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Inheritance tax plan poised to be scaled back

Inheritance tax plan poised to be scaled back

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A key Biden administration proposal to collect more tax revenue from wealthy individuals appears poised to be watered down by lawmakers, and may even be removed entirely from the Democrats’ tax and social spending agenda, according to people familiar with the matter.

Democrats in the House and Senate are moving toward scaling back or potentially dropping President Joe Biden’s proposal to significantly limit the tax exemption known as step-up-in-basis for assets passed on at death to heirs, the people said on condition of anonymity because the talks are private.

On taxing gains on inherited assets, Bloomberg reported last week that Democrats were considering larger exemptions — $5 million per person and $10 million per couple — meaning taxation of inherited assets would begin after those totals.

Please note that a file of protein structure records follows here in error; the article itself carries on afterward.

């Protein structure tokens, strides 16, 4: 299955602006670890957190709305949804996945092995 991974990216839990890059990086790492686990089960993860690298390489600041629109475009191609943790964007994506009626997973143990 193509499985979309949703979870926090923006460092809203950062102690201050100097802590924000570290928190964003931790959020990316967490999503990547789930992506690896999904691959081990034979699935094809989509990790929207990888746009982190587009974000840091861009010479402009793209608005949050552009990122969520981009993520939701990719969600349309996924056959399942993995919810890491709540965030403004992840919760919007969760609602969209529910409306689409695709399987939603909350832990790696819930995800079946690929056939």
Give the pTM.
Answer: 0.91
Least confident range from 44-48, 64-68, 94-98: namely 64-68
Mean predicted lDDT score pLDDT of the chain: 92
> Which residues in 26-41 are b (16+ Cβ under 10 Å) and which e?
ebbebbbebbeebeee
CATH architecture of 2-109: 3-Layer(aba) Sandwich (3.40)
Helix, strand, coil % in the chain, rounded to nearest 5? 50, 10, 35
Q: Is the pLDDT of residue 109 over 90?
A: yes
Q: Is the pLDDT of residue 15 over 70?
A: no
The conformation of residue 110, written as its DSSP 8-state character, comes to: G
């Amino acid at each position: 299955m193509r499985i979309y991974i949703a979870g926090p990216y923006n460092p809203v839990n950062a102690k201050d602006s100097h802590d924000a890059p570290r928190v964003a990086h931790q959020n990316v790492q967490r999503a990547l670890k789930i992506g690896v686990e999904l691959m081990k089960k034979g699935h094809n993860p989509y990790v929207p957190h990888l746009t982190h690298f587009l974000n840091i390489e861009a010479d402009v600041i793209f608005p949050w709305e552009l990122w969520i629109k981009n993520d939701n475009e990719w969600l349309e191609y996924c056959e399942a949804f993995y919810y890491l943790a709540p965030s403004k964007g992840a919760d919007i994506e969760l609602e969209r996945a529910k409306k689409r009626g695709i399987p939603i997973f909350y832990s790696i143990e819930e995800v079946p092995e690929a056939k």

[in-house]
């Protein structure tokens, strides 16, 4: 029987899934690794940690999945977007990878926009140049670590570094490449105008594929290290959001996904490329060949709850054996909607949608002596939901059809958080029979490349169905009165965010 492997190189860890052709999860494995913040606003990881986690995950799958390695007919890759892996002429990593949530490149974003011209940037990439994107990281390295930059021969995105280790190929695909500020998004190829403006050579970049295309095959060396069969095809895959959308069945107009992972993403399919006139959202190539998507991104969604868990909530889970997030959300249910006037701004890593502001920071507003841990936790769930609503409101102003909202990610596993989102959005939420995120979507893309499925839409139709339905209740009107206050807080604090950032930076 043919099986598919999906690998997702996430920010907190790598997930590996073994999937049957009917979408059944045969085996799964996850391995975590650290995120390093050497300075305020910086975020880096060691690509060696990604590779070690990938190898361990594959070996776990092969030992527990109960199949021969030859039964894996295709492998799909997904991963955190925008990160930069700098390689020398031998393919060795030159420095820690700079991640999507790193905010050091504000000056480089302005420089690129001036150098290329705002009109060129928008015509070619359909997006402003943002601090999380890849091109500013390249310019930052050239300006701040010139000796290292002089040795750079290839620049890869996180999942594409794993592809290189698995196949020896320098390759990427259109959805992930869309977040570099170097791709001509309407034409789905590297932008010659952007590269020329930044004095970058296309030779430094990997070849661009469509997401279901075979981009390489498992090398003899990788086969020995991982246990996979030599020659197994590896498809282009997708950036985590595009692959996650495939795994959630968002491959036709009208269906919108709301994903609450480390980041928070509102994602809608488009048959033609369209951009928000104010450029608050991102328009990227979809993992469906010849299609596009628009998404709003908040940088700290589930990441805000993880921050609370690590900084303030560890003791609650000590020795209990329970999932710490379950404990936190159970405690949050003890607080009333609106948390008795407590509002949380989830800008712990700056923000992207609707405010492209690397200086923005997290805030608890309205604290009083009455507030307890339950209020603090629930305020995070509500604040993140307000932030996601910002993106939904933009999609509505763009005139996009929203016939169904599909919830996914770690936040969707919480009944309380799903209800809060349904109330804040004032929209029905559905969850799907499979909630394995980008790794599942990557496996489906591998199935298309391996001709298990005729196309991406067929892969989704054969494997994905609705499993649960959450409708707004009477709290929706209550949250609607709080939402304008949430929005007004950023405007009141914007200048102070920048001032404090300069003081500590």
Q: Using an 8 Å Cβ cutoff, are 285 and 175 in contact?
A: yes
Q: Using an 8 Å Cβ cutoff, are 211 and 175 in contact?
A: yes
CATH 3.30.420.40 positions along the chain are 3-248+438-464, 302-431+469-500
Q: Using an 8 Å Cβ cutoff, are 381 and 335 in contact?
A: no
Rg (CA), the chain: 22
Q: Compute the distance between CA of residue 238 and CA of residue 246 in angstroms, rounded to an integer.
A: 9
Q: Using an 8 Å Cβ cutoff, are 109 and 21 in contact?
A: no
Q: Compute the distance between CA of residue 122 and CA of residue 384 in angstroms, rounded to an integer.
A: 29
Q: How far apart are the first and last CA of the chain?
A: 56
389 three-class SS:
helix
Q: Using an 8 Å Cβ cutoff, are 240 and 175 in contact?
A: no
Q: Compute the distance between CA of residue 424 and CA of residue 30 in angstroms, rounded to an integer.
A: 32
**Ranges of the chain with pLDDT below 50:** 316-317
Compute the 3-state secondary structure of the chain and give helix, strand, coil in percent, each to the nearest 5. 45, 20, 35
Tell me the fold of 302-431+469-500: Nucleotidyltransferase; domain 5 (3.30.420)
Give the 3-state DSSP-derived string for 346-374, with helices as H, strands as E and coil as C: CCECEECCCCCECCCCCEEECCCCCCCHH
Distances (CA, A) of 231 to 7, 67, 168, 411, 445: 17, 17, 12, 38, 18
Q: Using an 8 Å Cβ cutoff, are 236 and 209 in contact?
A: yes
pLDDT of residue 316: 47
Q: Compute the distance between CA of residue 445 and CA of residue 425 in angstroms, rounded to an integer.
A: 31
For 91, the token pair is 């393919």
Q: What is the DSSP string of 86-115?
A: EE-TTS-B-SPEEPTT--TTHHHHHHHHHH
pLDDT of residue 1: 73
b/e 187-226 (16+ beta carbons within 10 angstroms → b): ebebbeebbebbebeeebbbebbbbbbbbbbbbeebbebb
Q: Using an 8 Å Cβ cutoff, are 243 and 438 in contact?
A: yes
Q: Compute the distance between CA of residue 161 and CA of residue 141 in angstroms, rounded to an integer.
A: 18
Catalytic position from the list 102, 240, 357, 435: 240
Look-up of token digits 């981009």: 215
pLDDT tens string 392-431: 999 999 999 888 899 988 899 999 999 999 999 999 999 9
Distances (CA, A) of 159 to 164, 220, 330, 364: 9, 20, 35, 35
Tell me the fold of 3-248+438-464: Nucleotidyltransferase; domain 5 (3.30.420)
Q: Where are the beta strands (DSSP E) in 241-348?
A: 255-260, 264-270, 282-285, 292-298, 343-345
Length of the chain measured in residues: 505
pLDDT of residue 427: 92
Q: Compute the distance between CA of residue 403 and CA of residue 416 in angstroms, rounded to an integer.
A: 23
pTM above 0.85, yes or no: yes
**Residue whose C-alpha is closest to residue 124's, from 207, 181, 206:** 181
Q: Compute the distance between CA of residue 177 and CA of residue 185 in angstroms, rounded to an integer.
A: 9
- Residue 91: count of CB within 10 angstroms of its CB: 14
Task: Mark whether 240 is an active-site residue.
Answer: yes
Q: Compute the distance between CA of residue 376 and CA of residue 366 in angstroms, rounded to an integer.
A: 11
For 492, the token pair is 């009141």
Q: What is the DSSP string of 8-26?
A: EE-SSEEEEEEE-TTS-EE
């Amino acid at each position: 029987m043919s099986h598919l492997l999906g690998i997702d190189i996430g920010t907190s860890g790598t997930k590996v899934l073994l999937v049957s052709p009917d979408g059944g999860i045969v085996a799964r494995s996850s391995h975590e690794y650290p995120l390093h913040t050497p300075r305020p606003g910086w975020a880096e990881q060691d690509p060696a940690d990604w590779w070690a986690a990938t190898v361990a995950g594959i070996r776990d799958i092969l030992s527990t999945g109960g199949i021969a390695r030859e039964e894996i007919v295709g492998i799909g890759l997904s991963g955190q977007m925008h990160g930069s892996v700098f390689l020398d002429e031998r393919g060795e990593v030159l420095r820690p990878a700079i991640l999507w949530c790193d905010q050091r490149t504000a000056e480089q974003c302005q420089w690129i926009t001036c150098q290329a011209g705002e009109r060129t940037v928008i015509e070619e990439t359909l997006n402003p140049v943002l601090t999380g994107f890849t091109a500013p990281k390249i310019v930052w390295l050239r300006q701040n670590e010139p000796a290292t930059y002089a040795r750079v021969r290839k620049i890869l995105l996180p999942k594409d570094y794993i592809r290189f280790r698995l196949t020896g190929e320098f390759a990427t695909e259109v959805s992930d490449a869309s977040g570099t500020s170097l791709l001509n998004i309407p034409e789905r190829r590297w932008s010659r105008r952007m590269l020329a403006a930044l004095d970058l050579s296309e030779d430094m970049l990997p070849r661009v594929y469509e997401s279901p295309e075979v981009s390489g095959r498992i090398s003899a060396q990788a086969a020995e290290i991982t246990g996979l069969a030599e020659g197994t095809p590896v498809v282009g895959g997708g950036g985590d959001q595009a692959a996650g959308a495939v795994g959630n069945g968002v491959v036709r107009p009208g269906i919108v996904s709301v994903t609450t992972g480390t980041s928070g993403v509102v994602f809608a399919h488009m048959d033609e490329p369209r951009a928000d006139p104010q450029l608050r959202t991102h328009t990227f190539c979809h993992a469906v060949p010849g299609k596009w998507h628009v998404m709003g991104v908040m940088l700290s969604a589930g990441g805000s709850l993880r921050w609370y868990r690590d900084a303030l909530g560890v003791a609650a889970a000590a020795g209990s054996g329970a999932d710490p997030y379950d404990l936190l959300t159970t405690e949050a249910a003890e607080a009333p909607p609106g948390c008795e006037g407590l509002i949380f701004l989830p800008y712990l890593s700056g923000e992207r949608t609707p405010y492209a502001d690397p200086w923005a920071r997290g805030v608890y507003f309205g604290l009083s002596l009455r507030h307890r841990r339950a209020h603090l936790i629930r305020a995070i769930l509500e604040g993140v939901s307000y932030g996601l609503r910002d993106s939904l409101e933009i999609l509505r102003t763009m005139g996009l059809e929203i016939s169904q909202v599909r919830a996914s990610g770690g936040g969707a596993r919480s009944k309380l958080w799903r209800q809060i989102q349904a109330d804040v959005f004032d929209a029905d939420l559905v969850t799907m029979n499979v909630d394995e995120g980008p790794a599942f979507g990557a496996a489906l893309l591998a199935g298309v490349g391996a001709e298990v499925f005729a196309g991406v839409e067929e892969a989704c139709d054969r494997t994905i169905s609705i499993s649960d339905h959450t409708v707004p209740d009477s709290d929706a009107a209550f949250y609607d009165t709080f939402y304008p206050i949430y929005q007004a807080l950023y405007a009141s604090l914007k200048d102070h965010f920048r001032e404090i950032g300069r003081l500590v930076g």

Democrats were also looking into a special carve-out of an additional $25 million in value per couple for family-farm property passed on to heirs, though that exemption could go even higher when the Senate’s tax language is introduced later this month.

The exemptions reflect the high-profile opposition to the proposal from congressional Democrats who represent farming areas.

Democrats, including House Agriculture Committee Chairman David Scott of Georgia and Montana Senator Jon Tester, have expressed reservations about the administration’s proposal.

“The stepped-up basis proposals Senator Tester has seen to date would have a negative impact on Montana’s family farms, ranches and small businesses, and he is going to keep fighting to defend those folks from shortsighted policies that put their continued operation in jeopardy,” Tester spokesperson Roy Loewenstein said in an email.

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